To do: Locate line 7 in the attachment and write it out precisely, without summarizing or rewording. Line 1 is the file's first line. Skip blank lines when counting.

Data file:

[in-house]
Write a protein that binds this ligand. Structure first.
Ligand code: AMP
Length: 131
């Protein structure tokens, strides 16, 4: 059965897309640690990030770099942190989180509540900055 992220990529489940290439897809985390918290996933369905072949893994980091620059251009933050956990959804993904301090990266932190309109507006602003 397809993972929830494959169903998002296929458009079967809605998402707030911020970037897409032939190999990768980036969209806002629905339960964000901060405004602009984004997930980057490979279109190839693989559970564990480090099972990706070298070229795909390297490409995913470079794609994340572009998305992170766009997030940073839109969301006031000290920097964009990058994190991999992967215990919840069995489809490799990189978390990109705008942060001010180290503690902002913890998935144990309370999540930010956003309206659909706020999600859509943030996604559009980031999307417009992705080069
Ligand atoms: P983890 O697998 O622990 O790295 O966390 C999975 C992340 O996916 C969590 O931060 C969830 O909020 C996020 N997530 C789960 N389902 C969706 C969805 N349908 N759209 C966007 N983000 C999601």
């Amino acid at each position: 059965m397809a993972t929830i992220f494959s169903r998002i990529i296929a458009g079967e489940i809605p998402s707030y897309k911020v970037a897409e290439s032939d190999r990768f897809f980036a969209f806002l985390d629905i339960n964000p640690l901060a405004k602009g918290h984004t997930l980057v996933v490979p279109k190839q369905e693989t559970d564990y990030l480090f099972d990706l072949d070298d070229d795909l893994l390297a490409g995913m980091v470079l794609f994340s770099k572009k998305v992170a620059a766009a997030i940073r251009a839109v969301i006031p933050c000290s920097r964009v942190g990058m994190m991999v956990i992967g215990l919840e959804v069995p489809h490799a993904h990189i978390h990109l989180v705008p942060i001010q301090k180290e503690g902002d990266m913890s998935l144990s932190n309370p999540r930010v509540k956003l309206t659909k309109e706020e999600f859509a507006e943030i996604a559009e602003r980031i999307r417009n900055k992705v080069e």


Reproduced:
């Amino acid at each position: 059965m397809a993972t929830i992220f494959s169903r998002i990529i296929a458009g079967e489940i809605p998402s707030y897309k911020v970037a897409e290439s032939d190999r990768f897809f980036a969209f806002l985390d629905i339960n964000p640690l901060a405004k602009g918290h984004t997930l980057v996933v490979p279109k190839q369905e693989t559970d564990y990030l480090f099972d990706l072949d070298d070229d795909l893994l390297a490409g995913m980091v470079l794609f994340s770099k572009k998305v992170a620059a766009a997030i940073r251009a839109v969301i006031p933050c000290s920097r964009v942190g990058m994190m991999v956990i992967g215990l919840e959804v069995p489809h490799a993904h990189i978390h990109l989180v705008p942060i001010q301090k180290e503690g902002d990266m913890s998935l144990s932190n309370p999540r930010v509540k956003l309206t659909k309109e706020e999600f859509a507006e943030i996604a559009e602003r980031i999307r417009n900055k992705v080069e």